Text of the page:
Registration and Conference Bursaries

Registration fees for the conference will be as follows:
• £175 for institutionally supported participants
• £50 for non-institutionally supported participants, postgraduate students, artists and writers.

Details of how to register and a list of reasonably priced local accommodation will be available soon on our website.

Two bursaries will be available. These bursaries will be allocated to participants from any country:
1. Postgraduate participants who do not already have institutional support to attend the conference; and/or
2. Other scholars, artists or writers without institutional support.

In order to apply, please send the following to regulatingtime@kent.ac.uk by 15 February 2016 FAO Emily Grabham:
• One page (max) curriculum vitae including details of current employment status and postgraduate studies or other work • Abstract (see above)
• Maximum 500 word statement as to why this support would be of benefit
• One reference from, for example, a PhD supervisor
• Statement of transport and/or accommodation expenses.

For further information about the Regulating Time network, please see our blog, follow us on twitter (@regulatingtime) or join our JISC email list.

SlutWalk, theorised: Feminist Legal Studies CFP & Ratna Kapur at Osgoode (Mar 7)

Prof Emily Grabham from Kent  just sent me this CFP from Feminist Legal Studies (she is the Editor-in-Chief) on “Theorising SlutWalk: Critical Feminist Perspectives” (deadline Sept. 30, 2012, complete call (pdf)  here).

Feminist Legal Studies is pleased to publish Ratna Kapur’s article Pink Chaddis and SlutWalk Couture: The Postcolonial Politics of Feminism Lite in our upcoming issue: 20(1). [i will update with when/where you can get this article! – sl] Kapur deftly analyses the postcolonial feminist politics of the Indian SlutWalk and Pink Chaddi movements…..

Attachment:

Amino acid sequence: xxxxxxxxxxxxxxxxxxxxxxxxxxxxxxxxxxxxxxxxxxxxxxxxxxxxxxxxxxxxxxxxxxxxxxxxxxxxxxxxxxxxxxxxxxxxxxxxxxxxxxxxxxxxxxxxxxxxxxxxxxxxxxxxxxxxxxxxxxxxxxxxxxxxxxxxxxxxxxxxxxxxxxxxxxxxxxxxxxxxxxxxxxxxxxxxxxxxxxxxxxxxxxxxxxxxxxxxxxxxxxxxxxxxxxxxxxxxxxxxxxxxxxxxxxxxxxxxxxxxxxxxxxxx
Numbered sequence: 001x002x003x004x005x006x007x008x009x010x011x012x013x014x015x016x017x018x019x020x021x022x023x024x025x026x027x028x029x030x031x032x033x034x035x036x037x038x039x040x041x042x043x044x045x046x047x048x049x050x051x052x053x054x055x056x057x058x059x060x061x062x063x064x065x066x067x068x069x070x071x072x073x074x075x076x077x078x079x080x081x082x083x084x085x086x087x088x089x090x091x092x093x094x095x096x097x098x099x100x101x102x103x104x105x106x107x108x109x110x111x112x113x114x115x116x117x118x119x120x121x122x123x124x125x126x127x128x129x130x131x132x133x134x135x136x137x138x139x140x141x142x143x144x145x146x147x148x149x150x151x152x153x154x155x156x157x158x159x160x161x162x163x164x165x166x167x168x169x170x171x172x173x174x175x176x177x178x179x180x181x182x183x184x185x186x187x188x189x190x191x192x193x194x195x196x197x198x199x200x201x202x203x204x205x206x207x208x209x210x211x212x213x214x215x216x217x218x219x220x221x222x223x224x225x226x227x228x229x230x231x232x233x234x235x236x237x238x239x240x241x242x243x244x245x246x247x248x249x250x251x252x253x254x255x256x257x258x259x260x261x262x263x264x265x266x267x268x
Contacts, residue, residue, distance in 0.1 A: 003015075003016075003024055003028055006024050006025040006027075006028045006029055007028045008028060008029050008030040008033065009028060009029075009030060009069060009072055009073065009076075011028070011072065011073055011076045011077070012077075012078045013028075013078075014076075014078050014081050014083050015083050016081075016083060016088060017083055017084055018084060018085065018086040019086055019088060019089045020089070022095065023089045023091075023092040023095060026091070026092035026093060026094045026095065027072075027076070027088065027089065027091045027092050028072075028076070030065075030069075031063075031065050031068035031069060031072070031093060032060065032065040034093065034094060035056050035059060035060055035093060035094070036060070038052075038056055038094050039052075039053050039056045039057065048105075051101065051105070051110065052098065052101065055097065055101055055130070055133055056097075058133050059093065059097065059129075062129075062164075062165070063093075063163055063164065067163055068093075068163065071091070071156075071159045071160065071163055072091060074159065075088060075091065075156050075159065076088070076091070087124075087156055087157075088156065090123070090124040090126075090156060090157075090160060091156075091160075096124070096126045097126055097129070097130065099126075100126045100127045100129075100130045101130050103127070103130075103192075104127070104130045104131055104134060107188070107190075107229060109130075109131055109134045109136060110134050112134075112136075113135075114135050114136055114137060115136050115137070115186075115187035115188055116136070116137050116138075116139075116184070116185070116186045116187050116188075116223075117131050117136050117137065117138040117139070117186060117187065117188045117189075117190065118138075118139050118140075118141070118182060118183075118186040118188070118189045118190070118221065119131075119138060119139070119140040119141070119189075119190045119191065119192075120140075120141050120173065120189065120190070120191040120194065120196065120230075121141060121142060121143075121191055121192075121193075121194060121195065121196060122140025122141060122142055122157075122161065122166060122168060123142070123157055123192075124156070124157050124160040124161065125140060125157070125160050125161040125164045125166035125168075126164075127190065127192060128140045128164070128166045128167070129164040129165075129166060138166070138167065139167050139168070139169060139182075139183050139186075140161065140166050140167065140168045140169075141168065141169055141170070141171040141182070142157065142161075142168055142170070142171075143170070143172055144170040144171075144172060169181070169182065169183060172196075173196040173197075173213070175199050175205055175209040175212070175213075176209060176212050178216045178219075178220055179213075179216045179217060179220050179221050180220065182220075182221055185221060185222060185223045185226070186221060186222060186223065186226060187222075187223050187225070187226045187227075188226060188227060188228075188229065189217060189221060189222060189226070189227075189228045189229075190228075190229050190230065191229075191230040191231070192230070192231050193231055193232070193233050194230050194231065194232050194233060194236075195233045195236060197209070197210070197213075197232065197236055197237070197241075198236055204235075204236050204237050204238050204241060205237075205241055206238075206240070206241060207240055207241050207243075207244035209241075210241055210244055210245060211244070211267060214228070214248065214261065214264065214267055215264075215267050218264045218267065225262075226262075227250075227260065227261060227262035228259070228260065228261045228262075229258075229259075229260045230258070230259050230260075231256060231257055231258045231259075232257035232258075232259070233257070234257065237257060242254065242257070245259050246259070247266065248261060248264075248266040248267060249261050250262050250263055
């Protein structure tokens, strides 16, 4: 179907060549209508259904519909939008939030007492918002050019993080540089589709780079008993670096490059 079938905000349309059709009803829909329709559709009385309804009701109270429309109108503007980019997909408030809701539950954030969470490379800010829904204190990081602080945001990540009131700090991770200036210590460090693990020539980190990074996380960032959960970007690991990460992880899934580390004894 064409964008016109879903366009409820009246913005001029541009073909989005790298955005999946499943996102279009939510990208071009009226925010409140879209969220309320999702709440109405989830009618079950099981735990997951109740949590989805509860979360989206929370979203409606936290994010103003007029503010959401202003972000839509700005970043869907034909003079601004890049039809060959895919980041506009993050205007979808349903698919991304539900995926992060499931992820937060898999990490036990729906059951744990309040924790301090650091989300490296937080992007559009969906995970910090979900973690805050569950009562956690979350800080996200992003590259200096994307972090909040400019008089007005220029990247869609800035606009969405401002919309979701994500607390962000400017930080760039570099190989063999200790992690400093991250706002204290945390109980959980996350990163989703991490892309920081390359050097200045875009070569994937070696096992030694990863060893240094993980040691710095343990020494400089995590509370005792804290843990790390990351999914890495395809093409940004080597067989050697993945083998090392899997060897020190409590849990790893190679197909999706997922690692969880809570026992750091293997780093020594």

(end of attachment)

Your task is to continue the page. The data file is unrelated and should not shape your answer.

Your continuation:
In dominant narratives circulating about SlutWalk, the marches began after a police officer made comments at Osgoode Hall Law School in January 2011 that women could avoid sexual assault by not dressing ‘like sluts’. Nevertheless, SlutWalks rearticulate a range of contextually specific feminist concerns that pre-date and transcend this apparently North American ‘genesis’. Moreover, SlutWalk organising has been critiqued for ignoring dynamics of colonialism, as well as institutionalised violence against women/queers of colour, and against low-income women and queers.

Papers are invited which analyse these developments within the usual FLS guidelines, which are reproduced below. Authors are encouraged, but not required, to draw on or respond to Ratna Kapur’s arguments.

Lucky Osgoode, we get a kind of a name check (?) in the CFP and  Ratna Kapur arrives here for as a Genest Global Visitor on March 5th and will be giving a talk based on the paper that Emily mentions on Wednesday March 7th 1230-2 in room 2001.

Join us! But please RSVP at this site using event code: GENEST2. More information: 

Slutwalk Couture: The Politics of Feminism Lite

Genest Global Lecture
Co-sponsored with IFLS

 Ratna Kapur, Geneva School of Diplomacy and International Relations